Warning: a bad approach is for each member to sell x tickets to friends because it causes delays, inconsistencies, poor tracking, sub-par results and fear of failure. Instead, use a leader and standard channel.

Ticket Gotchas

If you sell tickets online, be sure to state a cutoff time. For example, say "online tickets are available until Friday at 6 p.m."

If you sell advance tickets, be sure to state that tickets will (or will not) be available at the door.

If you have a limited number of discount tickets (like Burning Man) be sure to track how many you sell and let people know when the discount tickets are sold out.

Important: if you sell all your tickets, be sure to update your website saying that your party is sold out. Also consider sending a courtesy email announcement.


We use PayPal to keep track of who's paid, to provide the doorman with a guest list.

The guestlist is the people who pay us and the people we comp. Try to avoid arrangements like "my friend says he wants us to reserve a ticket and he will pay us later" or "my friend bought four tickets and only needs three, can we give a refund?"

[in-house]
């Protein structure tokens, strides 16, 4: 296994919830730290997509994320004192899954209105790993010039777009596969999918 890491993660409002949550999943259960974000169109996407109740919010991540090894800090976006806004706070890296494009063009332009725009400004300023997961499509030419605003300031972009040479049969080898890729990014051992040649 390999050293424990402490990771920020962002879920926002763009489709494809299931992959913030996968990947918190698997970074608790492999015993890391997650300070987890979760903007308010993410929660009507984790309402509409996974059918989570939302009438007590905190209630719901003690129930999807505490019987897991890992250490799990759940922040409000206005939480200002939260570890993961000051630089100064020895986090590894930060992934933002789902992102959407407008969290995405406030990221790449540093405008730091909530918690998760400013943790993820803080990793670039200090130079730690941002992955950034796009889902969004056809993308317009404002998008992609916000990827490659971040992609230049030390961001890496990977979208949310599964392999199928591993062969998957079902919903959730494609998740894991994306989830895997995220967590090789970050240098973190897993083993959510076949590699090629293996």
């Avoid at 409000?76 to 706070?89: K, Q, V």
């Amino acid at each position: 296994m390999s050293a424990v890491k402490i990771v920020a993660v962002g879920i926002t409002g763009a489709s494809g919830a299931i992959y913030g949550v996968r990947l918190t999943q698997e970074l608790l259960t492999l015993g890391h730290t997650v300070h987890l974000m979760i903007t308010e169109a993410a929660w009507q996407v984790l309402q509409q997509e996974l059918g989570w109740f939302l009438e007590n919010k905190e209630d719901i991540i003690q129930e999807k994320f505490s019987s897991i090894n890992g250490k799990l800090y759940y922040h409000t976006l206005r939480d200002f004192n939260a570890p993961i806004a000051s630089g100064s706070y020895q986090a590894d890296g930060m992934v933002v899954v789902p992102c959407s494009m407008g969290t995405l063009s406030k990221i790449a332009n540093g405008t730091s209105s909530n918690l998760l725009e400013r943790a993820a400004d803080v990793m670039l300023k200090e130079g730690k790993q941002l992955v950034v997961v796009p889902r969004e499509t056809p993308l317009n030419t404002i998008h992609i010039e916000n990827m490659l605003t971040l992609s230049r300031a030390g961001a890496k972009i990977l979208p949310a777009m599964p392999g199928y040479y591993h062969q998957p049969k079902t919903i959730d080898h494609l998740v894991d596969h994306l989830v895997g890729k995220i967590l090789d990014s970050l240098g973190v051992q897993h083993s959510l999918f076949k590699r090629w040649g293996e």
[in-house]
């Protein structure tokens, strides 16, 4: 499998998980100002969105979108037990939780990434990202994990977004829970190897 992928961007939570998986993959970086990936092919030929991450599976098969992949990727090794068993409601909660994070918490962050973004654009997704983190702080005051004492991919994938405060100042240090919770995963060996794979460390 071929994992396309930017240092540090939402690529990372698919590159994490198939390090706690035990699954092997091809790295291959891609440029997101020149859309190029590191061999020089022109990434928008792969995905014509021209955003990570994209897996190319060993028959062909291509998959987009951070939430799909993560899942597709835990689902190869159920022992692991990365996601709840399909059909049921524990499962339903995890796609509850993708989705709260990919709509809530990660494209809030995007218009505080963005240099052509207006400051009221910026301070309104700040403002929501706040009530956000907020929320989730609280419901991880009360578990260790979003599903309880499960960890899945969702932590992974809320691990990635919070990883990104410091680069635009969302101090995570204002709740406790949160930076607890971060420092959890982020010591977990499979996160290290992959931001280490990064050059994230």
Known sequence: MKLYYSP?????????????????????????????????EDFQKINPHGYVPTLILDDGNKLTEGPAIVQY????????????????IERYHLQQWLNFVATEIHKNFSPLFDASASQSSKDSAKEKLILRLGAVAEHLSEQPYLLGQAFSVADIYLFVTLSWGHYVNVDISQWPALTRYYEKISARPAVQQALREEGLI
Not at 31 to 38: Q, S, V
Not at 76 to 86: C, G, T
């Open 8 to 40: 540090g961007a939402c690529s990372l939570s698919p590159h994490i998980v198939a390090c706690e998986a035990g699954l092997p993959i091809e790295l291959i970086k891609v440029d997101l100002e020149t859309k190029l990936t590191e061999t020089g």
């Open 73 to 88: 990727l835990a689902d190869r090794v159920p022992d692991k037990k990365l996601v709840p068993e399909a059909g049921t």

It typically takes at least five people five hours for decorations like a centerpiece and a pod like the furry Lucinda Lounge. We can setup at the Werepad on Saturday afternoon or evening.

Useful decorating accessories:
- food
- juice
- music
- camera
- notepad
- sharpies
- glow sticks
- rope lights
- christmas lights
- colored light gels
- disco ball spotlight
- blinking toys
- twine
- zip ties
- safety pins
- clothes pins
- extension cords
- power strips
- markers
- scissors
- duct tape
- scotch tape
- masking tape
- electrical tape

Do you need a soundcheck? Ask your DJs and the club owner.


When guests arrive, greet them.

It helps to have them write their email address, so we can send them party photos, lost-and-found questions, and future announcements.